Well, wasn’t it quite the week in Westminster with what effectively amounted to a mini constitutional crisis as Boris Johnson was unwilling to step down as UK Prime Minister until that it would become clear to him and his cabal of closest advisers that he would very quickly be removed by the Tories within hours.
For a man with an ego the size of Johnson, it was a fate worse than death.
As things stand, an initial group of eight replacements is down to two, with a new party leader – and prime minister – in place in early September. Or sooner, if Labor wins a vote of no confidence against Johnson this week.
So what about his 35 months in power? His greatest achievement, he and the party will tell you, was getting Brexit done.
That’s what he did, one lie at a time – even though it seemed for a time last week that he couldn’t make his own way out.
The Office for Budget Responsibility, the watchdog that officially oversees UK government spending, earlier this year flagged Brexit as a factor in the nation with the slowest growth rate of the G7 economies.
Right now that noise you hear are the cheers coming from Brussels and Dublin, where Johnson’s departure was greeted with more than an element of joy.
Under his leadership, relations between the European Union and London reached their lowest point. And the relationship between London and Dublin is equally weak – all because of Johnson’s desire to appease Brexiteers who have been driven into an anti-Brussels frenzy by a regime of false rhetoric, half-lies and fuzzy facts. sold as an ironclad truth.
On hearing of Johnson’s resignation, Irish Taoiseach Micheal Martin expressed personal sympathy for Johnson, but took the opportunity to call on the government to respect international law and the post-Brexit deal on Northern Ireland. North. Yes, Johnson intends to push forward legislation that basically says the “oven-ready” withdrawal law he negotiated with Europe isn’t worth the paper it’s written on.
The taoiseach suggested the Prime Minister’s resignation offered an opportunity for a reset.
“Although Prime Minister Johnson and I actively engaged together, we did not always agree, and relations between our governments have been strained and challenged of late.”
Anglo-Irish relations are collapsing
Privately, Irish diplomats have said Anglo-Irish relations have rarely been worse, dating back even to when Margaret Thatcher was in Downing Street and Charlie Haughey – a politician as soft on the truth as Johnson is now – was the leader of the Irish. government.
“Our shared responsibilities regarding the management of the Good Friday Agreement, as well as the nurturing of broader bilateral relations between us, compel us to work together in a spirit of respect, trust and partnership,” Martin said. “This is more important than ever today, and I would once again like to urge the desisting of any unilateral action, whether dealing with the legacy of the past, human rights or the Northern Ireland Protocol.”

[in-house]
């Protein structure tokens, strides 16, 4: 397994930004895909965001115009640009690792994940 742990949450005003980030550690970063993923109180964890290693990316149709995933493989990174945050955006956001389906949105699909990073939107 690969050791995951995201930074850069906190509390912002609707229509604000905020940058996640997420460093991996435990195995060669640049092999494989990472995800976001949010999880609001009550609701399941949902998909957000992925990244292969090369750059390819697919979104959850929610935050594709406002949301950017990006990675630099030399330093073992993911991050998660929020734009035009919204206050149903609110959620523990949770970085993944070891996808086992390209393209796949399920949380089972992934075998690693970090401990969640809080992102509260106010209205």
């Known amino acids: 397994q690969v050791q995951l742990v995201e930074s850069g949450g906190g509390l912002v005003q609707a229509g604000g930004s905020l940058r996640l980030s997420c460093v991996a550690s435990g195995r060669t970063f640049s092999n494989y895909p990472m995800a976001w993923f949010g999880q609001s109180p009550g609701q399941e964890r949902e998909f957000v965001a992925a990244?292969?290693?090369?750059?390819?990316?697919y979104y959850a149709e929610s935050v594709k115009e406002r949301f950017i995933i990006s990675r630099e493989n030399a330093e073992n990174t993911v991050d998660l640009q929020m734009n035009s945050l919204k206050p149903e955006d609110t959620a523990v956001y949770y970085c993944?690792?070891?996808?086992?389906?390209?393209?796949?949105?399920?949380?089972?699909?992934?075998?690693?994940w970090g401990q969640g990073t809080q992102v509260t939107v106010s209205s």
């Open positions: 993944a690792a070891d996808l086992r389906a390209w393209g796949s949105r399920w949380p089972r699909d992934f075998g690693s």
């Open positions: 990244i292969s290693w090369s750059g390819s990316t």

In Brussels there were similar words, with Michel Bernier, the man who led EU Brexit talks tweeting: “Boris Johnson’s departure opens a new page in relations with the UK. May he be more constructive, more respectful of the commitments made, in particular concerning peace and stability in NI, and more friendly with the EU partners. Because there is so much more to do together.
Perhaps the starkest assessment came from Sinn Fein leader Mary Lou McDonald, who said Johnson’s Irish policy had been “entirely negative” and he would not miss.
If Johnson will not be missed, what about his Brexit legacy?
A recent poll in the UK suggests support for Brexit has plummeted – and Johnson’s critics believe he is leaving behind a mess of problems rather than the ‘certainty and stability’ he claimed to have achieved there 18 months ago in this “oven-ready” deal.
Brexit was a mistake: poll
According to the London School of Economics, trade relations between Britain and the world’s third-largest economy with 500 million people on its doorstep have become bogged down in new bureaucracy. Even the Office for Budget Responsibility, the watchdog that officially oversees UK government spending, earlier this year flagged Brexit as a factor in the nation with the slowest growth rate of the G7 economies.
According to YouGov, all parts of the UK now believe Brexit was a mistake, with 55% of respondents believing Brexit went wrong, compared to 33% saying it went well.
And while no one is about to suggest it’s time to reverse that decision, the reality is that politicians – certainly not the Tories and most likely not Labor – are ready to consider an alternative. Only the Liberal Democrats are proposing that the UK join the EU. But a quick economic solution would be to apply for membership in the common customs area.
In one fell swoop, the problems created by Johnson’s misguided Northern Ireland Protocol, as well as any other potential issues on the Northern Ireland-Republic of Ireland border, would be resolved. British businesses would have access to the single market, European goods would enter the UK freely – and the UK would still be in control of its immigration policies.
Georg Riekeles, a close diplomatic adviser to Barnier during the Brexit negotiations, recently said that Johnson never appeared privy to the details, but his decision to disavow the Northern Ireland arrangements so soon after the signing of the agreement surprised even the toughest officials in Brussels. .
“He certainly pushed the boundaries of what one would expect of a British prime minister very far,” Riekeles said. “He negotiated, signed an international agreement and had it ratified one day by the House of Commons, only to come back to it the next day.”
Now that he’s gone, who now has the backbone to solve the biggest mess he leaves behind. Maybe it’s a good thing he was only in Downing Street for 35 months.